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UK Guitar Duo Mark Eden & Christopher Stell to Give Classical Pieces New Life

Classical guitar has a very slim repertoire — so the Eden Stell Guitar Duo is creating its own path.

Mark Eden and Christopher Stell, award-winning classical guitarists from the United Kingdom, will perform at 4 p.m. today, August 5, in Elizabeth S. Lenna Hall as part of the Chautauqua Chamber Music Guest Artist Series. Their concert includes beloved and forgotten classical pieces rearranged for guitar.

Eden and Stell met at the Royal Academy of Music in 1998 — with vastly different musical backgrounds. Stell had practiced classical guitar from a young age, while Eden was a rock guitarist. The two meshed regardless, and have brought more than a few dreams full-circle.

Stell said his decades of classical guitar work began with a record by John Williams, a classical guitarist and one of the most well-known composers of the modern era.

“I remember my father bought me a record of (Williams’), and I was very interested in it. … I always wanted to play like that,” Stell said. “So my father bought me a guitar and we set about trying to do that.”

Stell’s connection with Williams is more than inspiration, he said. The Eden Stell Guitar Duo’s work has brought them into contact.

“What’s very special for me is, 30 years down the line (from) when I was a student, I got to play to John Williams,” Stell said. “And now he’s become someone that we know, and that we’ve worked with — it’s a completion of the circle, really, for a child who was inspired by that.”

But Eden has a different story.

“Mark had a different sort of style,” Stell said, explaining that Eden began his career as a rock guitarist. “Suddenly, funnily enough, he listened to the quartets of (Maurice) Ravel, and was so inspired that he decided the classical route was for him. He started to experiment with classical guitar, and because he’s such an amazing player that does things so bloody well, he ended up studying classical guitar and caught up pretty quickly.”

But the two guitarists are on the same page now. Faced with a dearth of classical repertoire for guitar, Eden and Stell rearrange other classical pieces and commission new ones. Stell said the duo tries to present music in a different way.

“We try to search out repertoire that is totally inspirational to us and represent it on the two guitars — and sometimes, that gives it another life,” Stell said.

One such example is Italian composer Domenico Scarlatti’s keyboard sonatas, Stell said. The duo has reworked several of the composer’s pieces for guitar duo, and they believe that the rearrangement fits well.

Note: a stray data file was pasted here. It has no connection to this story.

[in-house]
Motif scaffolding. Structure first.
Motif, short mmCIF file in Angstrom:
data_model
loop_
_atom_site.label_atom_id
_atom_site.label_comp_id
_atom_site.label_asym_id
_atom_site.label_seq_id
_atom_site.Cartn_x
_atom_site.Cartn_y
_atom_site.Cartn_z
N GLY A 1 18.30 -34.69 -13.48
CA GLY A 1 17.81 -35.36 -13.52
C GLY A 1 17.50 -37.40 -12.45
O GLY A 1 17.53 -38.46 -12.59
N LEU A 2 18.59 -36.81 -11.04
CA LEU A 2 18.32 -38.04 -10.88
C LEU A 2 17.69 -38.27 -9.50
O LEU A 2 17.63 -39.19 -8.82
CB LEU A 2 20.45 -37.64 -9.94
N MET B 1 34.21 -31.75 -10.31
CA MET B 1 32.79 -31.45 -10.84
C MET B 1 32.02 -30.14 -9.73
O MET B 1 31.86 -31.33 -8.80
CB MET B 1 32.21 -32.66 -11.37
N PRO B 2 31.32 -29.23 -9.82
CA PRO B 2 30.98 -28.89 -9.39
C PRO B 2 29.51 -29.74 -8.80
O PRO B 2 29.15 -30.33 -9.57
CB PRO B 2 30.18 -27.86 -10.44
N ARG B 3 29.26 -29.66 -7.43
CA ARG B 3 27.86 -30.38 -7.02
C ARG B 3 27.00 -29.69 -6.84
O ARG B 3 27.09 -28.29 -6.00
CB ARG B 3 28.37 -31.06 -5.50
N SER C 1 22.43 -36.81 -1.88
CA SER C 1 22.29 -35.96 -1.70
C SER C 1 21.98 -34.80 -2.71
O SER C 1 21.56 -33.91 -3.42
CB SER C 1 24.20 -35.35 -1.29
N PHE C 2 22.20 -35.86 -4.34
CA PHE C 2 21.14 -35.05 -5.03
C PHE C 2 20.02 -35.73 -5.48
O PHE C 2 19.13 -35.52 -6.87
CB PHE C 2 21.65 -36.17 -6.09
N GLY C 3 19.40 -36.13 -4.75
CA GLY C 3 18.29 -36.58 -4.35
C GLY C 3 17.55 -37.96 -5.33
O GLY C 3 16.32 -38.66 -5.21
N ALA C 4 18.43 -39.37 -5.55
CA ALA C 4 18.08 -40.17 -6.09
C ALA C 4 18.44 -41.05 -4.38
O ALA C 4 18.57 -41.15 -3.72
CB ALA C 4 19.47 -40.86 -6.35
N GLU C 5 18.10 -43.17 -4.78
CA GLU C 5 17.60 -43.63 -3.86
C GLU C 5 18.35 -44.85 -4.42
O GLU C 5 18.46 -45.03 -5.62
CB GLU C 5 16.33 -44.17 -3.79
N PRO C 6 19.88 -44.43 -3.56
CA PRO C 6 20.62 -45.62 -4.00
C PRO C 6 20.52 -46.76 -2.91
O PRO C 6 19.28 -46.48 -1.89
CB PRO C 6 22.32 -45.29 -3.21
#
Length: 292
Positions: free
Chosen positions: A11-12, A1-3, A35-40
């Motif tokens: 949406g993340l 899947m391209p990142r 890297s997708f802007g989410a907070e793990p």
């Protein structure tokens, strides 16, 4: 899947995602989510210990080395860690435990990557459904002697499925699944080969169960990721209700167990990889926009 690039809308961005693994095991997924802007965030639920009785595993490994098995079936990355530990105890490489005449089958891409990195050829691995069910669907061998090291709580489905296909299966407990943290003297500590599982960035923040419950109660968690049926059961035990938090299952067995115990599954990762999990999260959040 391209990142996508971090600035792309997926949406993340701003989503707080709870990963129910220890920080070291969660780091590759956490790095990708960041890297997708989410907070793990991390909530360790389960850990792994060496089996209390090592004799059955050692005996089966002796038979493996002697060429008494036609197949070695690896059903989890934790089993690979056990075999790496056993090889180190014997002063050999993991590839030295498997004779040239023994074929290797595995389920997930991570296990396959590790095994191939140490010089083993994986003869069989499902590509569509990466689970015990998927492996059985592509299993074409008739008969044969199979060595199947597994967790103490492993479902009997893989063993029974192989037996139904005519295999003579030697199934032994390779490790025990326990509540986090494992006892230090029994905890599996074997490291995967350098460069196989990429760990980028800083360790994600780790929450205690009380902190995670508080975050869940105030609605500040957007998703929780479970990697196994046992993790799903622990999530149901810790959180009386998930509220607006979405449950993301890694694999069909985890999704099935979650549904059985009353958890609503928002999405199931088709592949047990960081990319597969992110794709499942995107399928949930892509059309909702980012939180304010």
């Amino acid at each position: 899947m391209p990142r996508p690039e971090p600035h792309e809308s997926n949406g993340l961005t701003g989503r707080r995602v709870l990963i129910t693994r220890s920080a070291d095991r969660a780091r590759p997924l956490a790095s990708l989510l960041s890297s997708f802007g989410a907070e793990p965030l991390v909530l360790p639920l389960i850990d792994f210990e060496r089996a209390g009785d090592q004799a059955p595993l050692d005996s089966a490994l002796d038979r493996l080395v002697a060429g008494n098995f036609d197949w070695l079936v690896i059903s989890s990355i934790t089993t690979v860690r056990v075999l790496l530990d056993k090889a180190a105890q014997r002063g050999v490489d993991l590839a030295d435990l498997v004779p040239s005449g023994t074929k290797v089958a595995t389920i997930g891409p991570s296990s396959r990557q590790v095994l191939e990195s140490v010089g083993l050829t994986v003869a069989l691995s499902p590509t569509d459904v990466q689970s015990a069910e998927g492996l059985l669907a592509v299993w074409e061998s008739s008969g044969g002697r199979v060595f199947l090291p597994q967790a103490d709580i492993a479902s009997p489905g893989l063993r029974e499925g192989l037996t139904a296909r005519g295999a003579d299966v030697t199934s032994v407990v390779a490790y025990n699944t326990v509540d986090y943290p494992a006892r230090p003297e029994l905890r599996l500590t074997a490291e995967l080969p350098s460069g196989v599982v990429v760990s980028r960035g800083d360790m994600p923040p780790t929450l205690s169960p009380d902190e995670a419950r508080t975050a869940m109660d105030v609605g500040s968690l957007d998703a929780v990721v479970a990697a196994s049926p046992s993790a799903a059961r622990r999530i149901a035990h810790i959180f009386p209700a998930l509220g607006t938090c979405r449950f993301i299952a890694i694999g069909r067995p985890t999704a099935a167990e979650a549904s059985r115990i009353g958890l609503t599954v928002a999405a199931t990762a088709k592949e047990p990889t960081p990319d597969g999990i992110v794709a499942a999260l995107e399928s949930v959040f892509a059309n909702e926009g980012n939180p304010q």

“Scarlatti works perfectly for the guitar because of the texture,” Stell said. “It’s usually two voices — very, very crisp, articulate, percussive music.”

Sometimes, Stell said, the duo’s search leads to forgotten gems — like one of this afternoon’s pieces, Francis Poulenc’s “Suite for Piano.”

“Guitar has a very limited repertoire compared to other instruments, so we try to reinvent great pieces — maybe forgotten pieces, like the Poulenc piano sonata,” Stell said. “It’s a piece that a lot of pianists probably wouldn’t play — but it’s an absolute jam. And on two guitars, it works so well.”

While part of the program is linked by Italian influences, the concert will end with a piece by Williams: the composer’s rearrangement of Johannes Brahms’ Theme and Variations in D Minor, Op. 18. Stell said the complex piece will make a strong end to the concert.

“That will finish the concert very well, because that’s about as much as a guitarist can cope with, with just four hands,” Stell said.

Those four hands have played together for over 20 years, both in chamber music settings and with orchestras. Stell said chamber music builds connections between performers and audience members.

The concert’s other pieces range in era and style. It will include several pieces by Italian-American 20th-century film composer Mario Castelnuovo-Tedesco, and contemporary guitarist Laura Snowden’s “Damn everything but the circus.”

“Chamber music is something Mark and I have always loved; it’s that interconnection and that bouncing off of each other — it’s wonderful,” Stell said. “I think that audiences get that interplay between people, that communication between people. And it’s a wonderful thing — I think they feel part of that.”
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The author Val Lick

Val Lick, this summer’s orchestra reporter, is a born-and-raised Appalachian from eastern Tennessee. She is a rising senior at the University of Tennessee in Knoxville, where she studies literature and journalism, competes in mock trial, writes for the Daily Beacon and frequently considers buzzing her hair. To contact her, look for a tall, tired-looking redhead. Or mispronounce Appalachia. She’ll find you.

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